The data shows that China-Russia relations have shifted from focusing on bilateral political and economic relations to adopting a global perspective with obvious geopolitical ramifications. An increasing bilateral focus on the US, on opposition to things like unilateralism and internal interference, and on geopolitical frontiers, leads to two crucial insights.
On the one hand, the China-Russia relationship can be seen as defensive. Both regimes crave stability and strive to dominate their regions politically. They see regional actions of the US and its allies as security threats – and the democracy and human-rights agendas of the West as attempts to discredit them, impinge on their sovereignty and weaken their regimes.
In Chinese discourse, the China-Russia relationship is often described as a “back-to-back” strategic collaboration, denoting that both countries have each other’s backs. This is meant to free them from the necessity of military deployments on their shared 4,000-kilometer border – and allow them to jointly oppose the international order upheld by the US and the West.
At the same time, the China-Russia relationship can be seen as an offensive one. Both countries have started countering the West and wish to shape the future global order on their terms. They have increased cooperation in frontier areas where governance is yet to be cemented (cyberspace, outer space, the Arctic), and they are promoting their own versions of human rights and democracy – Russia talks about “sovereign democracy,” China about “whole-process people’s democracy.” Both are joining forces more and more to amplify their messages, engage in disinformation and counter Western-controlled narratives.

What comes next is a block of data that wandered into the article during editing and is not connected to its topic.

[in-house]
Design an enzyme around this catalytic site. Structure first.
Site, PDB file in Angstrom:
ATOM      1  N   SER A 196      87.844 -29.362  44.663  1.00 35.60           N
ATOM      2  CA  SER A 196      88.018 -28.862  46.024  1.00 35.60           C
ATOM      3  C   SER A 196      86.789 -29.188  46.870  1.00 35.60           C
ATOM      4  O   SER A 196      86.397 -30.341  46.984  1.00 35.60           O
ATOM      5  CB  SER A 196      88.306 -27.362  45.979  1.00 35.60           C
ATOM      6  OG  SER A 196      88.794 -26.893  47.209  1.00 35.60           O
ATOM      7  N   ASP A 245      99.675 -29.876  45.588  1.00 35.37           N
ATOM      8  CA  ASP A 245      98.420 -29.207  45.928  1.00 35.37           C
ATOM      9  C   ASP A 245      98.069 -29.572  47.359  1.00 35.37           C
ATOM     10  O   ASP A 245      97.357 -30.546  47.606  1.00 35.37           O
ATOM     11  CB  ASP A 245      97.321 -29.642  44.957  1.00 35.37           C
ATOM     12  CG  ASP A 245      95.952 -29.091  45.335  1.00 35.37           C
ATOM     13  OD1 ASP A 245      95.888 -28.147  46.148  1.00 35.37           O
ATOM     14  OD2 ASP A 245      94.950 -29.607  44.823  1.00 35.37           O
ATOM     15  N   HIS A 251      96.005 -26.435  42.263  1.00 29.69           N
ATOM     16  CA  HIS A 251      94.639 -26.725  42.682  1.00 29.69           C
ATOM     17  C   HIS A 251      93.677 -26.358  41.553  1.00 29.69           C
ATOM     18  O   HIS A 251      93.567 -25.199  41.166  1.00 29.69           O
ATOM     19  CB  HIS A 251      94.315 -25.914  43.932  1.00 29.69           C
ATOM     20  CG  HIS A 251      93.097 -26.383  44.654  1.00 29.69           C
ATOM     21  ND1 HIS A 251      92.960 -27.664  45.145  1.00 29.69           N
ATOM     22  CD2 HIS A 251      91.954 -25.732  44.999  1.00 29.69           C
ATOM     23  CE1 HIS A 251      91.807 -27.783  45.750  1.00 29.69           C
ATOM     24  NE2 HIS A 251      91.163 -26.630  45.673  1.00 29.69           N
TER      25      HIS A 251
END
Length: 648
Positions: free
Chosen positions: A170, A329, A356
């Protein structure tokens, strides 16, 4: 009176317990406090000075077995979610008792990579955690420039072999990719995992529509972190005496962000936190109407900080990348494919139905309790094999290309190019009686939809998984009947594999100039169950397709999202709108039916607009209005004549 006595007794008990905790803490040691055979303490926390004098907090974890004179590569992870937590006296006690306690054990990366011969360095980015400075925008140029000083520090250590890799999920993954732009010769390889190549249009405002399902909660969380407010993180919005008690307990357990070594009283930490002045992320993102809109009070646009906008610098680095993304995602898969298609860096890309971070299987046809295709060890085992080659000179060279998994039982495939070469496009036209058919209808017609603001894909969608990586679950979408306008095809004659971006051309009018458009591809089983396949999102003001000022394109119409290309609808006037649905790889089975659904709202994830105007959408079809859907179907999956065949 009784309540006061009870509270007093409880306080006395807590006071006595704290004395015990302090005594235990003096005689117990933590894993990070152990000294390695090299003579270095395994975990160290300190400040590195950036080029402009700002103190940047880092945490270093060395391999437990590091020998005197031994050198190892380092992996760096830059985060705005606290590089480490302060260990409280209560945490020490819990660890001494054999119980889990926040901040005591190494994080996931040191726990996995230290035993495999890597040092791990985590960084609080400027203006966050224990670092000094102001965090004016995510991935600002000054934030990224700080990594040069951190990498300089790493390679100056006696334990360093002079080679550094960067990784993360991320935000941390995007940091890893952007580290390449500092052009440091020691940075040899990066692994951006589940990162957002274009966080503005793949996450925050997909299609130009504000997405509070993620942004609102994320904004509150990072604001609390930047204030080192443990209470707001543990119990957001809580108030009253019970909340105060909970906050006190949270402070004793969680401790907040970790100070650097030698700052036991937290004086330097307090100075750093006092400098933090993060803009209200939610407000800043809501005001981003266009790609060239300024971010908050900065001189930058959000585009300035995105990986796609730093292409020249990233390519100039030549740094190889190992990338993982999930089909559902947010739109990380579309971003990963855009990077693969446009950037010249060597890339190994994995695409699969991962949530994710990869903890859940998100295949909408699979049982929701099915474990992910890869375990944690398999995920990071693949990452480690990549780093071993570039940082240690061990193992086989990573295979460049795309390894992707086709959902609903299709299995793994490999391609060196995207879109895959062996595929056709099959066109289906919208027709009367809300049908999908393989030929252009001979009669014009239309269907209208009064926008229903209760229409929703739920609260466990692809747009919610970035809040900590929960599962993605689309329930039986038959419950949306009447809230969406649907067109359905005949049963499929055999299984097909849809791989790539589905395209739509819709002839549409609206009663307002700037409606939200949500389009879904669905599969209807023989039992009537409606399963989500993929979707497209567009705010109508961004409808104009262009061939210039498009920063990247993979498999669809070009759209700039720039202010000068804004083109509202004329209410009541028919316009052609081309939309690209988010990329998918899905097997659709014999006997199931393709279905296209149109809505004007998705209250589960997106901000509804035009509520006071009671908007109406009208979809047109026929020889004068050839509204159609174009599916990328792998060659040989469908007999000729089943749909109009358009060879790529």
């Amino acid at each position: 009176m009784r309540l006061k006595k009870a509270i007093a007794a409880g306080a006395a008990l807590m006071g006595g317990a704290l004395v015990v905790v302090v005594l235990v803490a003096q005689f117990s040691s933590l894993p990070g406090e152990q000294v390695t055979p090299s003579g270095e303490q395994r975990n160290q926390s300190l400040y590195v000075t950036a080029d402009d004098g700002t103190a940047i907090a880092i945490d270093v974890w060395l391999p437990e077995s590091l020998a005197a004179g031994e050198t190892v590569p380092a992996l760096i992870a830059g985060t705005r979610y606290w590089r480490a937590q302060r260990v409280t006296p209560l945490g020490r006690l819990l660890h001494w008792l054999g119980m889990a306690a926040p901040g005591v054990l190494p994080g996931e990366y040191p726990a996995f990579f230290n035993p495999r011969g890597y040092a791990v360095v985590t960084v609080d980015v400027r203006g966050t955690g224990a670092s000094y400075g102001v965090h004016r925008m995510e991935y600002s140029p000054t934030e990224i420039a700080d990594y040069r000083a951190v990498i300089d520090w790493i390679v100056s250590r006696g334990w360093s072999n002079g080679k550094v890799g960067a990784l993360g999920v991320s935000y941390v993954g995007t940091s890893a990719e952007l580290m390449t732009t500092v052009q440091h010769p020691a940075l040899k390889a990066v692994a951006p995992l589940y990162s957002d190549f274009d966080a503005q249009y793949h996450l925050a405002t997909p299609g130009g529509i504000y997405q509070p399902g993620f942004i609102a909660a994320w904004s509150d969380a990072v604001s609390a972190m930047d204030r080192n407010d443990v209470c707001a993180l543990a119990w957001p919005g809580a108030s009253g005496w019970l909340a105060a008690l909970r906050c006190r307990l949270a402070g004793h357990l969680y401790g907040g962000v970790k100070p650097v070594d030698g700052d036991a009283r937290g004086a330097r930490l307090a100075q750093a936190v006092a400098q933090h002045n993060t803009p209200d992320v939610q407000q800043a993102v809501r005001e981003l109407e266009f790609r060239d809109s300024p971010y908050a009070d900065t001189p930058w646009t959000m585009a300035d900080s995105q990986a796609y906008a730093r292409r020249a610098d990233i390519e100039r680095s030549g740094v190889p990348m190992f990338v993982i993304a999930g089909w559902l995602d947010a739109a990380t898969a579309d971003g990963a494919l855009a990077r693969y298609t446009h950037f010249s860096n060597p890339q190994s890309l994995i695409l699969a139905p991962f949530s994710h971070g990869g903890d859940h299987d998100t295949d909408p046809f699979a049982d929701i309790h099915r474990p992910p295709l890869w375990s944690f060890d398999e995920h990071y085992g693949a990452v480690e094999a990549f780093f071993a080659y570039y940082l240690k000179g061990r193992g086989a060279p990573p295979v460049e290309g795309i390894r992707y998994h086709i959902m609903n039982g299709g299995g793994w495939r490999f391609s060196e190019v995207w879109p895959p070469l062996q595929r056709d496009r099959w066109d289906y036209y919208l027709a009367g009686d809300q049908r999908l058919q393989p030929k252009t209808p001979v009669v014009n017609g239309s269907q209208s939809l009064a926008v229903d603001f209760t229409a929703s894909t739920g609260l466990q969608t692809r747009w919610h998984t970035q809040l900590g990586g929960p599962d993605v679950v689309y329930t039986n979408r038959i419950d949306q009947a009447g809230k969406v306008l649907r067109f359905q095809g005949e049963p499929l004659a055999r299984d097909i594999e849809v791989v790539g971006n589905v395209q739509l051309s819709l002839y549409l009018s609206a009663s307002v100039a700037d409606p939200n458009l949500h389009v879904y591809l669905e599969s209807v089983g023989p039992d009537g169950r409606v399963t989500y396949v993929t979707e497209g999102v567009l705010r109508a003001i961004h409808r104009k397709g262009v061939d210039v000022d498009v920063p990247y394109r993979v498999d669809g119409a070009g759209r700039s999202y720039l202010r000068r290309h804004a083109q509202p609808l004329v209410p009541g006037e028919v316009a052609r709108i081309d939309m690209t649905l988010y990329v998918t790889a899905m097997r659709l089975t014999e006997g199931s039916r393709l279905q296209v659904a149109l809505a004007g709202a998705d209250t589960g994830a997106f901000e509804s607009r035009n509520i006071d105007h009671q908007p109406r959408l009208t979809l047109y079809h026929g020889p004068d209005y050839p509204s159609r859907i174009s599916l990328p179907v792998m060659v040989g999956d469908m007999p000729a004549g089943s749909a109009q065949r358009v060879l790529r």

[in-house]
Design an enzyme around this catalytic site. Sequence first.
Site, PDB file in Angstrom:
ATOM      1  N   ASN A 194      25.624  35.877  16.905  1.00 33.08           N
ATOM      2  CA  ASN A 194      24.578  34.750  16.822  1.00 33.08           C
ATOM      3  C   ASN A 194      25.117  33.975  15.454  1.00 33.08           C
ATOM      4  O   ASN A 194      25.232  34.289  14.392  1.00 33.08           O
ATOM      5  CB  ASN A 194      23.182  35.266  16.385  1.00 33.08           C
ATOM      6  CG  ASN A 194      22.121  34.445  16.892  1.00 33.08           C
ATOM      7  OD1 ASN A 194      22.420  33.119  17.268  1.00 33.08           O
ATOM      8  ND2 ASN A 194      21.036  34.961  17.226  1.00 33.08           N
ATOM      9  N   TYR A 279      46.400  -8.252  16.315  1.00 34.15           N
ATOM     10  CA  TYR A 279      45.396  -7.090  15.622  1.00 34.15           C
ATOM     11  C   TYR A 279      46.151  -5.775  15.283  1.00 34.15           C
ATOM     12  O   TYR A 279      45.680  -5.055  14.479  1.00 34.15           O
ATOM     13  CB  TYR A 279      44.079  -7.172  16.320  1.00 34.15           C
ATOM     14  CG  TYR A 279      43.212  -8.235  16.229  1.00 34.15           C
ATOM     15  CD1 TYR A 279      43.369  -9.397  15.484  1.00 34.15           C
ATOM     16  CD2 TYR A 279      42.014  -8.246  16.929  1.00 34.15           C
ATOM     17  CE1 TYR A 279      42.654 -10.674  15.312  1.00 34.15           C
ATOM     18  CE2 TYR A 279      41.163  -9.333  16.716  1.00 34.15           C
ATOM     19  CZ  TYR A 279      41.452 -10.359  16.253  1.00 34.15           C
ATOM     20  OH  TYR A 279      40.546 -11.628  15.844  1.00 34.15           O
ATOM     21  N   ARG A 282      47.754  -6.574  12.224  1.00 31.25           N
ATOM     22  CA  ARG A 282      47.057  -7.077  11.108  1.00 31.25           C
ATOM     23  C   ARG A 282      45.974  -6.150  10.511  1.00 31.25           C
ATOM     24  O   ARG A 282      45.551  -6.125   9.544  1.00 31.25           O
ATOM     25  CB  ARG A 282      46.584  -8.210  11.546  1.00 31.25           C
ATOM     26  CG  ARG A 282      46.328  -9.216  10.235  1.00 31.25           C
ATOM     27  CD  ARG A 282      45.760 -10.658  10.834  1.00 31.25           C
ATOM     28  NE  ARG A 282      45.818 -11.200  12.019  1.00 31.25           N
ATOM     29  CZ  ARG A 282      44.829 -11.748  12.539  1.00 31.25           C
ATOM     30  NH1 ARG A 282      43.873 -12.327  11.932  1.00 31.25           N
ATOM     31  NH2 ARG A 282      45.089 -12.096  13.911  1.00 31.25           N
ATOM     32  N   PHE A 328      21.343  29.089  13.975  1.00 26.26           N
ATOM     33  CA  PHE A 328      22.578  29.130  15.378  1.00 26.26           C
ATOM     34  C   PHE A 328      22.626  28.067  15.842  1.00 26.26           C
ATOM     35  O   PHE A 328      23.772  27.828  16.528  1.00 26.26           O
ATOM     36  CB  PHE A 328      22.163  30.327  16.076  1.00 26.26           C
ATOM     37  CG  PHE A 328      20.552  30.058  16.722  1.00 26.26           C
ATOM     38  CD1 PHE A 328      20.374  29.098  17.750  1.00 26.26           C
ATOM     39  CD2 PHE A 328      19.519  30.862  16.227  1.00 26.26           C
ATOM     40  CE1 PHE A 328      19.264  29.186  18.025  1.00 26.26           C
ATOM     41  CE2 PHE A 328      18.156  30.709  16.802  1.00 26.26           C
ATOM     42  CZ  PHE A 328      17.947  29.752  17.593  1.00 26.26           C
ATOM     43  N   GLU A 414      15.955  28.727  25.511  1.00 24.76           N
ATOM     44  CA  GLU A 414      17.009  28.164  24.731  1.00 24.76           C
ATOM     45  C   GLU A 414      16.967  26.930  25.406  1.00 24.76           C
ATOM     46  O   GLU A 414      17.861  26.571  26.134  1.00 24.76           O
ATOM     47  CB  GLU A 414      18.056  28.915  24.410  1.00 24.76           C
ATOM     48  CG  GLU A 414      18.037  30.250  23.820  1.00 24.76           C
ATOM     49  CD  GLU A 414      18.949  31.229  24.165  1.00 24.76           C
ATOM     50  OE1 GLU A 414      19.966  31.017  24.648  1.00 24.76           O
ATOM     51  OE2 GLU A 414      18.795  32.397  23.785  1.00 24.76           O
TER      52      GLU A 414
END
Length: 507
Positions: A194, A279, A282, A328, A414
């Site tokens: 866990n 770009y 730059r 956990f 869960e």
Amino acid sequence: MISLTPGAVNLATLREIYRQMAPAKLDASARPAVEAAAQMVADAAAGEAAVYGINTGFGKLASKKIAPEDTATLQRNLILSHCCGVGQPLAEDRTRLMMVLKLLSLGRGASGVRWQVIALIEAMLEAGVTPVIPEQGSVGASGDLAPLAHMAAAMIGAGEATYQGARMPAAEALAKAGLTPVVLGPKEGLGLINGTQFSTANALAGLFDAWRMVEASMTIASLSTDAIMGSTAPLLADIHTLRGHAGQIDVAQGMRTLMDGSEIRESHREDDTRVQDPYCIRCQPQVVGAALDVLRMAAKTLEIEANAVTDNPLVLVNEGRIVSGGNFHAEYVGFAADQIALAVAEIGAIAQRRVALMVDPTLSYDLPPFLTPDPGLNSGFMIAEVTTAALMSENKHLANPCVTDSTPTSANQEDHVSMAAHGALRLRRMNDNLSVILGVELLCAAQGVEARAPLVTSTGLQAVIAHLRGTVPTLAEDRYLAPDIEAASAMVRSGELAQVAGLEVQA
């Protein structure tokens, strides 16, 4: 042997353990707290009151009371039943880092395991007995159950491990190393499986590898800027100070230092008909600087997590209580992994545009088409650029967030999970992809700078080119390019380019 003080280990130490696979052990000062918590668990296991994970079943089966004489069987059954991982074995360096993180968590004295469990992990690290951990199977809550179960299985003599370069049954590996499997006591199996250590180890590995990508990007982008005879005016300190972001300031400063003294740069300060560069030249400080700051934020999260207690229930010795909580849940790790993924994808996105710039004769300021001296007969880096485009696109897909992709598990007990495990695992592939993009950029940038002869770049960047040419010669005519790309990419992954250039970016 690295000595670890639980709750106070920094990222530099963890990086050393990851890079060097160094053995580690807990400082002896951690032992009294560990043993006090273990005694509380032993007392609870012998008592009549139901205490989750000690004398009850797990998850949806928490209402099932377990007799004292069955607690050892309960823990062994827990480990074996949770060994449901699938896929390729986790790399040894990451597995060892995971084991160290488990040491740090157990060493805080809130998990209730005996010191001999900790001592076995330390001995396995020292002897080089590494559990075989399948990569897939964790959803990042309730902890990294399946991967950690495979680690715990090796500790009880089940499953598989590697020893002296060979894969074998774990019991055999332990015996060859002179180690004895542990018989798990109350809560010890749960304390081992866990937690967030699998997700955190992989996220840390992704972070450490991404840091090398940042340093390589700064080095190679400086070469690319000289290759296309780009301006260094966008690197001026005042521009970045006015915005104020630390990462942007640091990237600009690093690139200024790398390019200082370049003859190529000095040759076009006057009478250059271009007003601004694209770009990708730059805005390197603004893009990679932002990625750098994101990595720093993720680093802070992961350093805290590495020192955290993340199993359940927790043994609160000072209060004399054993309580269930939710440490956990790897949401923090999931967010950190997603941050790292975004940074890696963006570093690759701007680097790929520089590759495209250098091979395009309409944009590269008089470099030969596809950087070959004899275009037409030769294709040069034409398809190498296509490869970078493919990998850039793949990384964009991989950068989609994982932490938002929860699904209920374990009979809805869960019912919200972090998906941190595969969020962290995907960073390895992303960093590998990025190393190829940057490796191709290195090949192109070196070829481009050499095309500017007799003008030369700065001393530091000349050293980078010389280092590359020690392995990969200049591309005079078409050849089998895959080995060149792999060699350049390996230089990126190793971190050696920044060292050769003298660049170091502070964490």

These changes have all come under Xi’s leadership, suggesting that the central aim of his Russia policy has been to join forces, oppose the US and its allies, and shape the global order according to Sino-Russian narratives, concepts and interests. It demonstrates how much the China-Russia relationship is shaped by personal dynamics. Xi and Russian President Vladimir Putin are both authoritarian strongmen, who have tightened their grip on power over time. The fall of the Soviet Union has had a formative effect on both of them. Putin has called it the “greatest geopolitical catastrophe of the century” and Xi sees it as a cautionary tale.
In 1972 Henry Kissinger, US President Richard Nixon’s National Security Advisor, was crucial in bringing the US and China together. In past years, there have been debates in Germany and the US about pursuing a “reverse Kissinger” to get Russia on their side against China. There are now hopes for a “Kissinger somersault” to win over China again to put pressure on Russia, especially as it is now waging war on Ukraine. Both are very unlikely scenarios, as our textual data analysis shows: China and Russia have come together under Xi, and their relationship looks set to continue being defined by their opposition to the US and the West.